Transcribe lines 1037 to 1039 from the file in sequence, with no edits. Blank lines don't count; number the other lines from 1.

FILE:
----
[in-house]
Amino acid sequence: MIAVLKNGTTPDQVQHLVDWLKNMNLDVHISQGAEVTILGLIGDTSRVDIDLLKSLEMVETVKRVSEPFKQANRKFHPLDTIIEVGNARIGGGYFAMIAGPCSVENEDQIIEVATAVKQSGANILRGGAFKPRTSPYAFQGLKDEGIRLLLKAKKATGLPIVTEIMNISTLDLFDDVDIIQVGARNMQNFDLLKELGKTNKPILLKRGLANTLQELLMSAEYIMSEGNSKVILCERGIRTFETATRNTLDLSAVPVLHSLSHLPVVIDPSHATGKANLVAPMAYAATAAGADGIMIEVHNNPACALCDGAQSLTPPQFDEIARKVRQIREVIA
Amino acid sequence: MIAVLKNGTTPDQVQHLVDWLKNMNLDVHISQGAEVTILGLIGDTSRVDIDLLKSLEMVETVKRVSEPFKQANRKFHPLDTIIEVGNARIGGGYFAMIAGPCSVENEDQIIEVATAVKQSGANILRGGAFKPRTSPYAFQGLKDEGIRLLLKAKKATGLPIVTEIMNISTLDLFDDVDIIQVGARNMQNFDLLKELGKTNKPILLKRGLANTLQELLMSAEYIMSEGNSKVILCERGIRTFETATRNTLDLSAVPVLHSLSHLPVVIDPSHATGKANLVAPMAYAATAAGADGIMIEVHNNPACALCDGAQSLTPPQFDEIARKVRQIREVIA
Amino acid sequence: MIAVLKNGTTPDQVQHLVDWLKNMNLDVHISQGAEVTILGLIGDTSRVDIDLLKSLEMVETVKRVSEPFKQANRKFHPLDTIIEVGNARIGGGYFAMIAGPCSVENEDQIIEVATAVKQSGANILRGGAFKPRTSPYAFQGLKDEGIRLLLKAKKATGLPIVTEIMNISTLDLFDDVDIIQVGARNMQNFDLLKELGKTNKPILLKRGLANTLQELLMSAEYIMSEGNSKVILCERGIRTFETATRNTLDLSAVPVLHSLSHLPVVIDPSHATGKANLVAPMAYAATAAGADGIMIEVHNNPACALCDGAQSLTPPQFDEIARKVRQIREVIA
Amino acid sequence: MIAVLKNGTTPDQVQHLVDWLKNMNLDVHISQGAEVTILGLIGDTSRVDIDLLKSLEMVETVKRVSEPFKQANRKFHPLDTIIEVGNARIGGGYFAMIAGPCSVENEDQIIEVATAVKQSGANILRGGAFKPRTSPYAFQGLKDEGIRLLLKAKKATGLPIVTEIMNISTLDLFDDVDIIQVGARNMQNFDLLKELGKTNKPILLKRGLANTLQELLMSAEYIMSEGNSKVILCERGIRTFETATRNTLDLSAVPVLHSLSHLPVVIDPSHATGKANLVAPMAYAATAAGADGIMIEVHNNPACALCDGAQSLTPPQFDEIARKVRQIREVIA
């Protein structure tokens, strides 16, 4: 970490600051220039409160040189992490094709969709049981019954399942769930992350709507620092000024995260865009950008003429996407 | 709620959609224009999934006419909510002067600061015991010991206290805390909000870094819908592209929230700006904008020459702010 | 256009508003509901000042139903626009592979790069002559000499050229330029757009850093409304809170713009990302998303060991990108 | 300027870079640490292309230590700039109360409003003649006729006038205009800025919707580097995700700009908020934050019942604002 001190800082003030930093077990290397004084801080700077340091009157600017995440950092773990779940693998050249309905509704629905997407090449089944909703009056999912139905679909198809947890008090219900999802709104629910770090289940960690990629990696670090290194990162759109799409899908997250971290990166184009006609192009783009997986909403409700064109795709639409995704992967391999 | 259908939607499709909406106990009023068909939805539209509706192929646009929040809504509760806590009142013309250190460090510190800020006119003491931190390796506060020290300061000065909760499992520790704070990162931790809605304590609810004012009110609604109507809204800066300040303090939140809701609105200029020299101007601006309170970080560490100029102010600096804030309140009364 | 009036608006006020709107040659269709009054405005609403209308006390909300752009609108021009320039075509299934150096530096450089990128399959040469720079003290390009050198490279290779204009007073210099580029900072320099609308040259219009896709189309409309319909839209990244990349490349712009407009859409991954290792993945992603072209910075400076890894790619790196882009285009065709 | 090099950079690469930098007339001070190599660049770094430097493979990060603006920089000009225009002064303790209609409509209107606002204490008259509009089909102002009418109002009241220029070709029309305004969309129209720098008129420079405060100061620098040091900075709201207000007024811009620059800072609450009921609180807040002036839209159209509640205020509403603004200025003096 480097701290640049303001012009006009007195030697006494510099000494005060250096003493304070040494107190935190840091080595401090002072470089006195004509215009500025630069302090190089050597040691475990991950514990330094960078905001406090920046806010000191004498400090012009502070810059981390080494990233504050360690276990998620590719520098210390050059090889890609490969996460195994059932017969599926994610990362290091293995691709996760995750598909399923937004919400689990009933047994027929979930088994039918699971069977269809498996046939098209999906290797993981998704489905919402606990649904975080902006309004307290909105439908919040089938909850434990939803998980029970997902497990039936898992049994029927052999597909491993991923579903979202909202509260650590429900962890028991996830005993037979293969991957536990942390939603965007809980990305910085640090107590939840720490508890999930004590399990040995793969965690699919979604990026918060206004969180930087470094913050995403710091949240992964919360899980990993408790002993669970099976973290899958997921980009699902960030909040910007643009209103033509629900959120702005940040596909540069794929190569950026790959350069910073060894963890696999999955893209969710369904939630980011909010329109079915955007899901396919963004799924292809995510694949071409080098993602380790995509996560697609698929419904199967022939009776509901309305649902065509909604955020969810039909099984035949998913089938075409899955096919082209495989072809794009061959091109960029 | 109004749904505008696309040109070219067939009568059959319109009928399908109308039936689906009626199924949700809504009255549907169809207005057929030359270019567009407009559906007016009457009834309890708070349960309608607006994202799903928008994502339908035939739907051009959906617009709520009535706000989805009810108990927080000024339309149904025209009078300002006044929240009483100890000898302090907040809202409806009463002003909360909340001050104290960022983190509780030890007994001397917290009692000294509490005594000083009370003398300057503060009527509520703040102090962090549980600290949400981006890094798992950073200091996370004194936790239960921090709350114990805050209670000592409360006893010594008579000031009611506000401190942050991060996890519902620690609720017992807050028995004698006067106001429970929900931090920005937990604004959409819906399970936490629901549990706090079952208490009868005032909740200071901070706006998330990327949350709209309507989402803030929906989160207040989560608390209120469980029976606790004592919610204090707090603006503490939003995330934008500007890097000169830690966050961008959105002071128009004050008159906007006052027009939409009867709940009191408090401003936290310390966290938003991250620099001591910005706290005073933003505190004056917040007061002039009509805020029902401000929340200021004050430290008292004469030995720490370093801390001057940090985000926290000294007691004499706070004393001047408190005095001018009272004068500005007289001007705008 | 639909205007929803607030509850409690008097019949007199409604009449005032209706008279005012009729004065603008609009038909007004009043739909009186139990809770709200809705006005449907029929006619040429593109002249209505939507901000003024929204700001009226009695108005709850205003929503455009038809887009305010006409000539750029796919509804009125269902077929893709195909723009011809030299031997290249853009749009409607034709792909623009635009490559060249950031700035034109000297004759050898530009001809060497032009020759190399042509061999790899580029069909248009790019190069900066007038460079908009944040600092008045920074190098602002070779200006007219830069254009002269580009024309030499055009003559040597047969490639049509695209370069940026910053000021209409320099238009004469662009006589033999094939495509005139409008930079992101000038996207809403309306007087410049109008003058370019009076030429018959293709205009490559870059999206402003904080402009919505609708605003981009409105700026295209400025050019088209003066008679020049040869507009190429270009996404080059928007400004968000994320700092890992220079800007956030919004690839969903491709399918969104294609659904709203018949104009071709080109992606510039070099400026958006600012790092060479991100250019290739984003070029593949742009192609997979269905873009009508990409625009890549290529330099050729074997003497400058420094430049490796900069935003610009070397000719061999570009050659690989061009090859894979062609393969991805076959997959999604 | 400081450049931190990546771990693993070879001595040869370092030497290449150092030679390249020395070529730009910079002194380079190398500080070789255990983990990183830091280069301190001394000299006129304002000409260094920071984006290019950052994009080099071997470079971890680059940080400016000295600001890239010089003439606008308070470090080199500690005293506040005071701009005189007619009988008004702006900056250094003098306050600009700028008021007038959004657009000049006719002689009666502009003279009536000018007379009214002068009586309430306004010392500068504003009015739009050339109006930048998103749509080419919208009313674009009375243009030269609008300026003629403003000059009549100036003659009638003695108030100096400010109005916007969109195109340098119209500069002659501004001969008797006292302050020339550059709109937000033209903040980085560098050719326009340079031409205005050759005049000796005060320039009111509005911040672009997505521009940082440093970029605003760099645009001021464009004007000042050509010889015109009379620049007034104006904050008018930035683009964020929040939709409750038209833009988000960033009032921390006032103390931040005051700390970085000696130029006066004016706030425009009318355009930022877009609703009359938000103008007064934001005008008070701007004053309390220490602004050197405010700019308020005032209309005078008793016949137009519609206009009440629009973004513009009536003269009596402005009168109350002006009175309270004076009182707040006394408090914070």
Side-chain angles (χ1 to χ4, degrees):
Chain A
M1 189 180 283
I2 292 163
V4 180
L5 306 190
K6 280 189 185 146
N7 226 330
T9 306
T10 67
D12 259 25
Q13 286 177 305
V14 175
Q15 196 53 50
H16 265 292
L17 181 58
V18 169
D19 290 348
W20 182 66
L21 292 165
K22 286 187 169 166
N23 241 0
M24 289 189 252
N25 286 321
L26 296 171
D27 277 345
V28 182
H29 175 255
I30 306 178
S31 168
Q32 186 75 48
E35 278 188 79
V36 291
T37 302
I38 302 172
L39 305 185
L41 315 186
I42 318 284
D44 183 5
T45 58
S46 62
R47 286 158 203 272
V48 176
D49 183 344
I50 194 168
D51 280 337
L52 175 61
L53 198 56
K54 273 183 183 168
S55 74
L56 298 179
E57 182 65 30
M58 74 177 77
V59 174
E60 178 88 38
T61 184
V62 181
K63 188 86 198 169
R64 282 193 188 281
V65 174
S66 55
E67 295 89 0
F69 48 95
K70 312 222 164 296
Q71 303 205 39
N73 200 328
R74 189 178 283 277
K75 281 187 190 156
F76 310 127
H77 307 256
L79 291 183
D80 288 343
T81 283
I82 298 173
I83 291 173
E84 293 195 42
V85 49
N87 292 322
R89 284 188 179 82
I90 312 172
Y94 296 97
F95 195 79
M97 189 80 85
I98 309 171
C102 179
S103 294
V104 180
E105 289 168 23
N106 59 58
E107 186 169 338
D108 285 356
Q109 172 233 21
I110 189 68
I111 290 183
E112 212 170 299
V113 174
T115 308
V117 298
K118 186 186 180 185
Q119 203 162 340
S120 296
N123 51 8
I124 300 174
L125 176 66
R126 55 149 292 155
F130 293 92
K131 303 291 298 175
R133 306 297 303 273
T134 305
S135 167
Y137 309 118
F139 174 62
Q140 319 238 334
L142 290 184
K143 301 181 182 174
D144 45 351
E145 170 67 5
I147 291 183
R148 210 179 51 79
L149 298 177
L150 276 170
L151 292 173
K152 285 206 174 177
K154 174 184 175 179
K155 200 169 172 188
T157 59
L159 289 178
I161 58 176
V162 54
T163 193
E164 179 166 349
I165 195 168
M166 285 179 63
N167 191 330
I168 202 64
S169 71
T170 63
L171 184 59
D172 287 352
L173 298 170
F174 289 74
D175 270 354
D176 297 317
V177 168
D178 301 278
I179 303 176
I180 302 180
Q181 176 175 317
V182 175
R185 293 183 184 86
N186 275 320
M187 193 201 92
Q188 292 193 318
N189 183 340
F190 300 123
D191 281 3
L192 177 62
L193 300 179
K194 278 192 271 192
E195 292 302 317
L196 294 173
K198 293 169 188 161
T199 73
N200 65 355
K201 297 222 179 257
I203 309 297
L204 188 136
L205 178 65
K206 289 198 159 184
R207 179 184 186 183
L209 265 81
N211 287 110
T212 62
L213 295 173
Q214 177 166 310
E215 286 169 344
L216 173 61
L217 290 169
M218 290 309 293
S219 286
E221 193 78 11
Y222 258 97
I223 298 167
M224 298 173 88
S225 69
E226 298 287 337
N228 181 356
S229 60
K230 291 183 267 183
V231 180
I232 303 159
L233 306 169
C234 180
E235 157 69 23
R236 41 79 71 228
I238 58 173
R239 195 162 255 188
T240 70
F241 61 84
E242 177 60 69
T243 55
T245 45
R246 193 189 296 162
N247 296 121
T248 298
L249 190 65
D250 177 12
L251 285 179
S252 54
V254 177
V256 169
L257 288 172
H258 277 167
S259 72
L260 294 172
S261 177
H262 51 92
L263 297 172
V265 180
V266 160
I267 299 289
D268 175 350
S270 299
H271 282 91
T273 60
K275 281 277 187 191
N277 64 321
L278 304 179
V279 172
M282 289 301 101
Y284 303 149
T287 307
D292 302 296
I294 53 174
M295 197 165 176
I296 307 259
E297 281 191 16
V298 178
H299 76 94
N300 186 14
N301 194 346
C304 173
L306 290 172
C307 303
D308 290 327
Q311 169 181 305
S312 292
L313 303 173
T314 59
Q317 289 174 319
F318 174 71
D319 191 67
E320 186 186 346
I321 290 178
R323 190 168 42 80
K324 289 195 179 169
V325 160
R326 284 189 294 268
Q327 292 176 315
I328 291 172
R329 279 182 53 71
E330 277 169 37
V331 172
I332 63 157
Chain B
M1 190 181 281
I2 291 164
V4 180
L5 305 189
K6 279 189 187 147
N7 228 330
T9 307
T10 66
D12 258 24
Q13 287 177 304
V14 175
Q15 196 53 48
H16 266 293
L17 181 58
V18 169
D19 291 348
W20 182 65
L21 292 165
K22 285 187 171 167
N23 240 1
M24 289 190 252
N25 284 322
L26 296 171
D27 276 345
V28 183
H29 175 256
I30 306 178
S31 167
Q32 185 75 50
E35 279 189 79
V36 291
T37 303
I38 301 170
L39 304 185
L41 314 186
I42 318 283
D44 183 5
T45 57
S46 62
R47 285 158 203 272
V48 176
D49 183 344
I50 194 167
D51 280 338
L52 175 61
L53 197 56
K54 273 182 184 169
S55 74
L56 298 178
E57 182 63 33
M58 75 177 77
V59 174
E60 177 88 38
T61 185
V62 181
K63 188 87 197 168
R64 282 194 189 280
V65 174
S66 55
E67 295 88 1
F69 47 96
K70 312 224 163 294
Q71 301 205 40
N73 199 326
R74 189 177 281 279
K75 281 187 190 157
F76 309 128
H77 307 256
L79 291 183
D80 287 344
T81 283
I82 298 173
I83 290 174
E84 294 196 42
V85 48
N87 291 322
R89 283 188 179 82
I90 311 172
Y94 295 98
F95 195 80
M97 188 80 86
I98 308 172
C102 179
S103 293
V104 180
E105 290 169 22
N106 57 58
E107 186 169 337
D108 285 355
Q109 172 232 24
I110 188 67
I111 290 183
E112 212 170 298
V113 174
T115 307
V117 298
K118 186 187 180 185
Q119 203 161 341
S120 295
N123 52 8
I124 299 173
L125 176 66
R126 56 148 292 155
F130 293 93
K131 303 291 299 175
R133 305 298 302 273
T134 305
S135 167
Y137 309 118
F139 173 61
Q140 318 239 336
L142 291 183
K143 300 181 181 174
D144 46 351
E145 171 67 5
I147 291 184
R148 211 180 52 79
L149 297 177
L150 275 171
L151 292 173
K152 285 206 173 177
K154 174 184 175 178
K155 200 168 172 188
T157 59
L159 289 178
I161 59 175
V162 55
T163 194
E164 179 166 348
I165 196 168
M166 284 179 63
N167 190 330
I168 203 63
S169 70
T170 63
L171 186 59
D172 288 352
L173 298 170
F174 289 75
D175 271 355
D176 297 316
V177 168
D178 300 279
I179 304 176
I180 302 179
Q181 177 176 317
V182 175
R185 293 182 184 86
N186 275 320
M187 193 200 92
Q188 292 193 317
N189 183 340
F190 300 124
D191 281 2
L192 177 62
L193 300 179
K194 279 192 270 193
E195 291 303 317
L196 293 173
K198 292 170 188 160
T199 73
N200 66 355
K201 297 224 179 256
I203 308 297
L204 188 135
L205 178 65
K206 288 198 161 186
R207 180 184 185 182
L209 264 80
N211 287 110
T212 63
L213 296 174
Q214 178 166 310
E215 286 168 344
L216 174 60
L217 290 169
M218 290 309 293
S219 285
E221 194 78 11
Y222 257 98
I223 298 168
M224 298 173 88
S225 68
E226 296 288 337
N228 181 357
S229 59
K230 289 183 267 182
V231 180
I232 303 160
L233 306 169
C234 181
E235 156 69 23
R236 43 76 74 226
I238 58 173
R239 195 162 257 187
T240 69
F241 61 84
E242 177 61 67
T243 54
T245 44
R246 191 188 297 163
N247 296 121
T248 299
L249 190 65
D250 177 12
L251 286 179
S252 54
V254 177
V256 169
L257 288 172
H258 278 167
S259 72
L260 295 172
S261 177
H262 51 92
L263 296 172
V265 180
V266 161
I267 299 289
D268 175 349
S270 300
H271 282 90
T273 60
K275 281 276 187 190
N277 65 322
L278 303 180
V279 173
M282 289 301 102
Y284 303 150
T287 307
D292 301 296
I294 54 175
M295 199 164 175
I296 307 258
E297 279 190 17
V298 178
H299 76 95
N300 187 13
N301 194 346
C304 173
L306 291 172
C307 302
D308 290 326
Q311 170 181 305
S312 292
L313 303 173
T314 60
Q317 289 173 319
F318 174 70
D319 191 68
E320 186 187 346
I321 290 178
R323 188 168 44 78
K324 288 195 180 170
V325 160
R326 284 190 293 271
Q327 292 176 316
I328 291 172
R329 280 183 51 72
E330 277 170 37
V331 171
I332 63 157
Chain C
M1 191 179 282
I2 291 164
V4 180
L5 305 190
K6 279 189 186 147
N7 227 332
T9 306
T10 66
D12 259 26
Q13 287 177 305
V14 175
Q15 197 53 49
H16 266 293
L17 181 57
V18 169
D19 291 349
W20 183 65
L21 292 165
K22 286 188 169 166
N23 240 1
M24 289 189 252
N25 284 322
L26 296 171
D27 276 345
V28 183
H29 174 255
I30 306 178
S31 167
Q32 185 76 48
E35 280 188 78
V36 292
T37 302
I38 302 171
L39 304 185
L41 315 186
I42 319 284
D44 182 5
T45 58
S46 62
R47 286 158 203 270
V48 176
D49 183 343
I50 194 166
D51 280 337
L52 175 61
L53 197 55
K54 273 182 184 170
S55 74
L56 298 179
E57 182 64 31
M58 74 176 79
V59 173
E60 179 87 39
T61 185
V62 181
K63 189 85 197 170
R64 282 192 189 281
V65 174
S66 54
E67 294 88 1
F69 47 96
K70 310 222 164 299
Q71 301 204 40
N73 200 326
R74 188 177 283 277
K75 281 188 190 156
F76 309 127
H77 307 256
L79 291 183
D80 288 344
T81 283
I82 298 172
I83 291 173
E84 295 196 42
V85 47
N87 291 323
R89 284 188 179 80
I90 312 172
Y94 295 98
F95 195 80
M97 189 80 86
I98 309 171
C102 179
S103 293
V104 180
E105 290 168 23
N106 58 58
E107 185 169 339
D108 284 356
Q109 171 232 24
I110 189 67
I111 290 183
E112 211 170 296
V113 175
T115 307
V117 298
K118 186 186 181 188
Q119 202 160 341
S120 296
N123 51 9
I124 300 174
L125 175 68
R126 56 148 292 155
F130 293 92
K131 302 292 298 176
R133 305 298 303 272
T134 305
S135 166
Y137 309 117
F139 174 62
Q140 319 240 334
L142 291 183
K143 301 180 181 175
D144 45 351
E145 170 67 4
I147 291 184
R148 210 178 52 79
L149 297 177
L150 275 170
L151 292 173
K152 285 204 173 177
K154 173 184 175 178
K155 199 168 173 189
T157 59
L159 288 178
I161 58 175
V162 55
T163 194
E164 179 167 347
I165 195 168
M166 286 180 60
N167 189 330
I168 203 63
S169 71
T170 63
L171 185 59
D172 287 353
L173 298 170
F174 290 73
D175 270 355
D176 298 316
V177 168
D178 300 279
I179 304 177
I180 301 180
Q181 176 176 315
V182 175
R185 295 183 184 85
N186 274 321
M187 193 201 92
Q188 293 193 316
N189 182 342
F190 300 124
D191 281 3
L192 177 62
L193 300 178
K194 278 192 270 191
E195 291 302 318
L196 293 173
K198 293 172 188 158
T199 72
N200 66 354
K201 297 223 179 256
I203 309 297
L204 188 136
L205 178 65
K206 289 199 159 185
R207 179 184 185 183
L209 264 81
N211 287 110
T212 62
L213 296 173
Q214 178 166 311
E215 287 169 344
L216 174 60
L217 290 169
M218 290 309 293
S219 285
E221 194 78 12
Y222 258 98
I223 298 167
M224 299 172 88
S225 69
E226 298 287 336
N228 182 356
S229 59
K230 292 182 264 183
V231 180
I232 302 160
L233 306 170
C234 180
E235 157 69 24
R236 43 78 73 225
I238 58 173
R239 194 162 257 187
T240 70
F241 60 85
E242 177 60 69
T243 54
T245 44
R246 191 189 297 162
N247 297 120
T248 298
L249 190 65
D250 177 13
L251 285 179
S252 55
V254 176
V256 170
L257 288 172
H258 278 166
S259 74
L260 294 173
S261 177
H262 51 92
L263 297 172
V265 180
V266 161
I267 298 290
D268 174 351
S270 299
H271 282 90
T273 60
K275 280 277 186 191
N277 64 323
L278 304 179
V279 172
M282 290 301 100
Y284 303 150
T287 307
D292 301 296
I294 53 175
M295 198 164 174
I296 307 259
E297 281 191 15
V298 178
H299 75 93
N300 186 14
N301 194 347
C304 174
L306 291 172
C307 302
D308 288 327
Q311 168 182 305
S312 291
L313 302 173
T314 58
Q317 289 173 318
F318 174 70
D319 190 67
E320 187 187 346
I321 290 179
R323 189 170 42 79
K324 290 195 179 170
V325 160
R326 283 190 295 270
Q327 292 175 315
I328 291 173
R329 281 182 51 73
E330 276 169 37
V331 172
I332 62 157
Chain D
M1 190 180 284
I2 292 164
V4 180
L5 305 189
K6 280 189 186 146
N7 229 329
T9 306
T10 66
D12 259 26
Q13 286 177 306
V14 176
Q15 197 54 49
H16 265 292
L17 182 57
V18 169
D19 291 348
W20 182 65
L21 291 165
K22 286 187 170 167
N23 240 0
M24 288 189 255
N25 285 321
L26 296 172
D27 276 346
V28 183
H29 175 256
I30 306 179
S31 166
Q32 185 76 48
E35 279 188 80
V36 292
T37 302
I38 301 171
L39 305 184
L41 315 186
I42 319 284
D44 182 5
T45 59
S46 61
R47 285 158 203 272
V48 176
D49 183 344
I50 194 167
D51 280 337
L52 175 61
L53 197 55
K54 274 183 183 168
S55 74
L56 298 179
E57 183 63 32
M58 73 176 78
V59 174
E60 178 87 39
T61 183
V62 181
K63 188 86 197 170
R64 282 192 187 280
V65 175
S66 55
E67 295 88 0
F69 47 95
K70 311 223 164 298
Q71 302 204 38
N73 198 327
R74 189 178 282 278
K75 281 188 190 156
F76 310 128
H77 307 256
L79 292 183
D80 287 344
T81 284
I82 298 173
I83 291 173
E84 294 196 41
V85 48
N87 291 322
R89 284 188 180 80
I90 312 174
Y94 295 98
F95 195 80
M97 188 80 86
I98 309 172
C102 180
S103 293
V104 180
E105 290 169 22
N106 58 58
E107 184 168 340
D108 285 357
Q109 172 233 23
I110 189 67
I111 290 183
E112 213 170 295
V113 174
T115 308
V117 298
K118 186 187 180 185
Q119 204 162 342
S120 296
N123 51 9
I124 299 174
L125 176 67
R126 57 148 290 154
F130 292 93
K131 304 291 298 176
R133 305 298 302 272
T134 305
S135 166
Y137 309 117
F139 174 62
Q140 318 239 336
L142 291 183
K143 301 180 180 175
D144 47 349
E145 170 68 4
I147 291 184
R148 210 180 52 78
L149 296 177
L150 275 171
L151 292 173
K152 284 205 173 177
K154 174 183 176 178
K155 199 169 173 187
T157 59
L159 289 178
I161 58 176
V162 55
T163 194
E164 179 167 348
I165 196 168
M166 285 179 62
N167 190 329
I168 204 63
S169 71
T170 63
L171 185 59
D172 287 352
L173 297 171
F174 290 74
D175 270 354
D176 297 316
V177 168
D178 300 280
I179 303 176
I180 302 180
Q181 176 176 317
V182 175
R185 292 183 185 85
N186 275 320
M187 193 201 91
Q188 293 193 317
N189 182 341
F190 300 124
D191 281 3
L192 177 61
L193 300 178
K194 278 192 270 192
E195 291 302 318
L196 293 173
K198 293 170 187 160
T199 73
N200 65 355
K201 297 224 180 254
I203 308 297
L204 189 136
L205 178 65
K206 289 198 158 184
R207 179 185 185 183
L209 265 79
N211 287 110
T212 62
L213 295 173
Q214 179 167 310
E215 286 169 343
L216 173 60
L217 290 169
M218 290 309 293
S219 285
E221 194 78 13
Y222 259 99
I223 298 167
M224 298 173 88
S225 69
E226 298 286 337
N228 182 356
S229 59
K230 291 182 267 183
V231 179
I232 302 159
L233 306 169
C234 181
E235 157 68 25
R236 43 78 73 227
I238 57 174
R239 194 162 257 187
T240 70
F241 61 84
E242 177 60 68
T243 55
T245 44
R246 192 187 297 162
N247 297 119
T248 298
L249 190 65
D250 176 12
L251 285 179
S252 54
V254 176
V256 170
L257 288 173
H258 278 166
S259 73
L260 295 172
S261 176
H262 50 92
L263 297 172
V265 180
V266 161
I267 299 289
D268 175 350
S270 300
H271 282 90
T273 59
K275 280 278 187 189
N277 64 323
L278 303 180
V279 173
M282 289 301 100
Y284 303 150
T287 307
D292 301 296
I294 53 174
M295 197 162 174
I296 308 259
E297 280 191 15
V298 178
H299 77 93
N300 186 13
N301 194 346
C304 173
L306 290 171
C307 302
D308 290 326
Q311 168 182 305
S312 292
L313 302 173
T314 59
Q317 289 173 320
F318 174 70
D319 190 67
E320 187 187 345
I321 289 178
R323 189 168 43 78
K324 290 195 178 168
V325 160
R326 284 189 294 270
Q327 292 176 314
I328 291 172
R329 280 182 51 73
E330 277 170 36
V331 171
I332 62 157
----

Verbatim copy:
C304 173
L306 290 171
C307 302